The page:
Barbershop Conversations: Talking Tradition (A screenplay)

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A script detailing a recent conversation I had with my barber regarding tradition and the importance of keeping it alive for future generations.

 

Int. Barbershop. Night time

A quiet Friday night in the barbershop. The store is empty except for Michael and his barber Jay. Michael is sat in the barber’s chair on his phone waiting to get his haircut whilst Jay has just gone off to the toilet. Fela Kuti’s ‘Teacher Don’t Teach Me Nonsense’ can be heard blasting through the shop’s speakers.

Camera is focused on Michael on his phone.

Jay:

(From Behind Michael, he sings in tune with music)

“TEACHER, TEACHER-O NA THE LECTURER BE YOUR NAME

TEACHER, TEACHER-O NA THE LECTURE BE THE SAME”

 

Camera pans out to show a wide shot of the shop showing Jay dance towards Michael along to the music.

 

Michael:

(Turns to look at Jay with a smile)

“Jay, I’ve come here how many times and you only seem to ever play Fela Kuti. Play something different I beg. “

 

Jay spins and mimes Fela’s Saxophone solo, Michael laughs, rolls his eyes and goes back to his phone.

Jay:

(To Michael)

“That’s the problem with you young ones of today. Do you even know your history? Fela is one of the greats.”

 

Michael:

“Yeah I know he is, it’s just you know…you play him every week. I’m tired of hearing him”

 

Jay:

(Puts hands on head and looks upward)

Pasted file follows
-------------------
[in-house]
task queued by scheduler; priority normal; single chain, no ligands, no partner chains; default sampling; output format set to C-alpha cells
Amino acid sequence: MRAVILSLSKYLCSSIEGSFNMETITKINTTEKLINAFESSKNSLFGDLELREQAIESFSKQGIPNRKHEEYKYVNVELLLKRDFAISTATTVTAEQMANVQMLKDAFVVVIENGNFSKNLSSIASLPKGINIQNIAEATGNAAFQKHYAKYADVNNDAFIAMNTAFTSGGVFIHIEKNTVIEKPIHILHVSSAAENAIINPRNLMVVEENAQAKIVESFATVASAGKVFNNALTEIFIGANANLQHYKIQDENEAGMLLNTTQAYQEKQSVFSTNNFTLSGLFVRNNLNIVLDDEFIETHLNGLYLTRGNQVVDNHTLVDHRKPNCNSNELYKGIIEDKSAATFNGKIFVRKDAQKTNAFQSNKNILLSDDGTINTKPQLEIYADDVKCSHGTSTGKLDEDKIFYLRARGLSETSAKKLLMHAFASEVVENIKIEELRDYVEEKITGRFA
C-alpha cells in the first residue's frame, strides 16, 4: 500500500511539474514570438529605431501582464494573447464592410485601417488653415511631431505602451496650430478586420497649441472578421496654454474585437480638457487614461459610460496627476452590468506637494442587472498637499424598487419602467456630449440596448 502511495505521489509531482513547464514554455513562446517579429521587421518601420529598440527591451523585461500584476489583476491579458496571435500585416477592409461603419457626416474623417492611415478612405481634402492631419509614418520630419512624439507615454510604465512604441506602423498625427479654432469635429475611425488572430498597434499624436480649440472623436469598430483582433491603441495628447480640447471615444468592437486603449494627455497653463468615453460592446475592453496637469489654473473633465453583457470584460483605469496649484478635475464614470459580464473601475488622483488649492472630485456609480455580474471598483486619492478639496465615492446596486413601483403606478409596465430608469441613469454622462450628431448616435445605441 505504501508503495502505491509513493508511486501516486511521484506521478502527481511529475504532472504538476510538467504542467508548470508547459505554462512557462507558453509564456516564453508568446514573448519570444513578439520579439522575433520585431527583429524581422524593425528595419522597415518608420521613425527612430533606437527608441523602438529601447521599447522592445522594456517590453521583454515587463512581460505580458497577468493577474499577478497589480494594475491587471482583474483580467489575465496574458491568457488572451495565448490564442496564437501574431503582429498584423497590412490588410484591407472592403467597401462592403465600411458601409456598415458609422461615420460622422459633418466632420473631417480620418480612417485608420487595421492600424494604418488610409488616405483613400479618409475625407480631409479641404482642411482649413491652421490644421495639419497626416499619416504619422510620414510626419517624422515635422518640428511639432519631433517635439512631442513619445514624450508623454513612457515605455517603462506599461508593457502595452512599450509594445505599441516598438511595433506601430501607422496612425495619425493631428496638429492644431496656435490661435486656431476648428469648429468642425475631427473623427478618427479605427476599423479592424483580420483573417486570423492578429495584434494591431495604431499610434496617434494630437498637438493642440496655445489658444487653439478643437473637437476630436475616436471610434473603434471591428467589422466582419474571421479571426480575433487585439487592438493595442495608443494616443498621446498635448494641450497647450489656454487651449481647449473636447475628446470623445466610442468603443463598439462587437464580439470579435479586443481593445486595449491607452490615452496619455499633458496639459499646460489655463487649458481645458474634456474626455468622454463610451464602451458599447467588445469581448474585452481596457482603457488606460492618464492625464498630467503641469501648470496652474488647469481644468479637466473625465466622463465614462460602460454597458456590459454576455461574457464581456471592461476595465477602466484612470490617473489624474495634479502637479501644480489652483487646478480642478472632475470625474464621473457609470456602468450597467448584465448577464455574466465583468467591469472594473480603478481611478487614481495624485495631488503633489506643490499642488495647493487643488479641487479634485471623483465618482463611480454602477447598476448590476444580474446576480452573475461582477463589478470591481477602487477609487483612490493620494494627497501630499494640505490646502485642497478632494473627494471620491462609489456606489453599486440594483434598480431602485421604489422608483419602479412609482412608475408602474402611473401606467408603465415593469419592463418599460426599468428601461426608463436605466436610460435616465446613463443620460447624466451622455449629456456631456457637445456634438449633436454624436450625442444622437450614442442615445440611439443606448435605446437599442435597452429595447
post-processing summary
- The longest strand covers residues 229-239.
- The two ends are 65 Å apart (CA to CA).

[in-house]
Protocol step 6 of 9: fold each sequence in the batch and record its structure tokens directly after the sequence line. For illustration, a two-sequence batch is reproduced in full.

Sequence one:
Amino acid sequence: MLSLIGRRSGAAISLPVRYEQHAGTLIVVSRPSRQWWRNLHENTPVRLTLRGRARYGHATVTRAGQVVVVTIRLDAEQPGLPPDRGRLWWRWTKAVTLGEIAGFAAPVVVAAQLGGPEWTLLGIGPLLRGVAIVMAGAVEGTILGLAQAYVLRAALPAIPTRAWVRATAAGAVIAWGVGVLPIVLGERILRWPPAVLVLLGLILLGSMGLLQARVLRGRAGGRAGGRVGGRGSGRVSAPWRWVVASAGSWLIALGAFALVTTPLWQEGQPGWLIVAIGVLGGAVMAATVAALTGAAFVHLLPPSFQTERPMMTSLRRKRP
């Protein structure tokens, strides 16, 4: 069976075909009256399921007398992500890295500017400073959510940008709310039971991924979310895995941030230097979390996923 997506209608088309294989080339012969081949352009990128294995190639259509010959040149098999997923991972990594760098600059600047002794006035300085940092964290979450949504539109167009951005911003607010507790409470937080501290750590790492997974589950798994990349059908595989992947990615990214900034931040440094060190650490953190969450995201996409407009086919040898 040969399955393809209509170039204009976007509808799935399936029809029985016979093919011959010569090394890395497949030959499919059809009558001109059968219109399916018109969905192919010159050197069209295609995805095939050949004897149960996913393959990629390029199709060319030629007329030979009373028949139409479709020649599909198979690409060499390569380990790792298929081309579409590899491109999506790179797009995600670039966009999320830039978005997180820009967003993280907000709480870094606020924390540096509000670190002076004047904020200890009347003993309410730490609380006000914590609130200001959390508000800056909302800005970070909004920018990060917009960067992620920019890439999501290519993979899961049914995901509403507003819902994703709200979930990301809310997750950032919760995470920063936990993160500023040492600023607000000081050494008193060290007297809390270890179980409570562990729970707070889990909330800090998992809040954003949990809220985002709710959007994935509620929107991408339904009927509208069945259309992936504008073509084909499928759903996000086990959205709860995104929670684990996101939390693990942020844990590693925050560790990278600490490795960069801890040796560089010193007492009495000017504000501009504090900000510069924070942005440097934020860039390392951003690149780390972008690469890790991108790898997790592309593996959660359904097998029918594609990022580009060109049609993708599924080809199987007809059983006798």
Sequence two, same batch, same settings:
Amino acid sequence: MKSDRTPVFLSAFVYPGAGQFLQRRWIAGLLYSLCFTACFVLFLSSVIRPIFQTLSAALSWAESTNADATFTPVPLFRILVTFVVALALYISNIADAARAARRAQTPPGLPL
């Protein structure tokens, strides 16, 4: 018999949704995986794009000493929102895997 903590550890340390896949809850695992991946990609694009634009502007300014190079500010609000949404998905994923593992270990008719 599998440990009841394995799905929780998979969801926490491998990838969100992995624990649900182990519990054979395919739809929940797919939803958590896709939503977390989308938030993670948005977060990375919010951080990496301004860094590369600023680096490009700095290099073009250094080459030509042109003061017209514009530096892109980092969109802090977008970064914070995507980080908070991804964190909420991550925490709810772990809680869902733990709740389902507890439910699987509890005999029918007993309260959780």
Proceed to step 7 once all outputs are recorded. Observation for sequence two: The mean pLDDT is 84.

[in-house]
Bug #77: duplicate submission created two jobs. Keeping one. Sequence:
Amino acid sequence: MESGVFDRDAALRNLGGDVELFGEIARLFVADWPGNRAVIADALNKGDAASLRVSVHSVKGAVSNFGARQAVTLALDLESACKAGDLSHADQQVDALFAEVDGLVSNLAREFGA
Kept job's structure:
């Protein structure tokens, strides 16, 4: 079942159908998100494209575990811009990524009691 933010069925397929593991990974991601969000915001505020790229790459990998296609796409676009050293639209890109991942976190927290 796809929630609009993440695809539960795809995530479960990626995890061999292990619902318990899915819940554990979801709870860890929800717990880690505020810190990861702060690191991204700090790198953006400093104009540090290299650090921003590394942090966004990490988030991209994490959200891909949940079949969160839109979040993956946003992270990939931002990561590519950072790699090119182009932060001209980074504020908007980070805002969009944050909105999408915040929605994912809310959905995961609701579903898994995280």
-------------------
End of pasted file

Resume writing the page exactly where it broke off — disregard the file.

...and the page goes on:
Mumbles something in Igbo, Do you even know what this song means? ”

 

Michaels smiles awkwardly and shakes his head.

 

Jay:

(In unison with the music again)

“TEACHER, TEACHER-O NA THE LECTURER BE YOUR NAME

TEACHER, TEACHER-O NA THE LECTURE BE THE SAME”

~

“When Fela says, teachers, he’s referring to the white people who colonised Nigeria back in the day. The same people who like to remind us how corrupt our government is, are the ones who initially set our government up. Who taught our leaders how to rule the way they do now?”

 

Michael:

“The Western powers like Britain, right?”

 

Jay:

(Jumps up, snaps his finger and shouts again in sync with the song)

“ – Na Oyinbo ”

~

“This is our tradition O’boy. You have to know things like this. If you don’t know how will your children know and their children after that. People like me and you’re parents aren’t always going to be around. If you don’t take hold of our tradition now, who else will? ”

 

Jay slowly turns up the music

 

Michael:

“ Yeah, I guess “

 

Jay:

“ You know what the teachers could never get rid of? ”

 

Michael:

“What?”

 

Jay:

“ Our culture. We are Nigerians. We are Africans. Our land is so rich in culture, but you people of today barely know it. You used to come back from school and you’d walk home to the sweet smell of your mums cooking. The smell of egusi soup and pounded yam; the smell of rice and stew, the smell of the pepper soup she just finished making to get rid of that winter chill. O’boy these are things that the western world just can’t replace. ”

 

Jay slowly turns the music up even more

 

Michael:

“ Yeah and all the parties, the colours, the dancing, the clothes! ”

 

Michael gets up out of the chair

 

Jay:

(Laughs and dances)

“ Exactly! You see, imagine your children and grandchildren growing up without all of that. Our culture is our pride, it has to live on. In you, as a first generation British Nigerian, it is your duty, your parents passed it onto you and you must pass it on also. ”

 

Michael:

(Also dancing)

“ Yeah, Yeah. Don’t worry, Don’t worry, I won’t let you down.”

 

Jay puts music even louder

 

Michael and Jay:

(In Unison)

“ TEACHER, TEACHER-O NA THE LECTURER BE YOUR NAME

TEACHER, TEACHER-O NA THE LECTURE BE THE SAME ”

 

Both Laugh and then sit down smiling as the song comes to an end.

 

Michael:

(Turns to Jay)

“ Yeah but about this haircut still…”

 

End.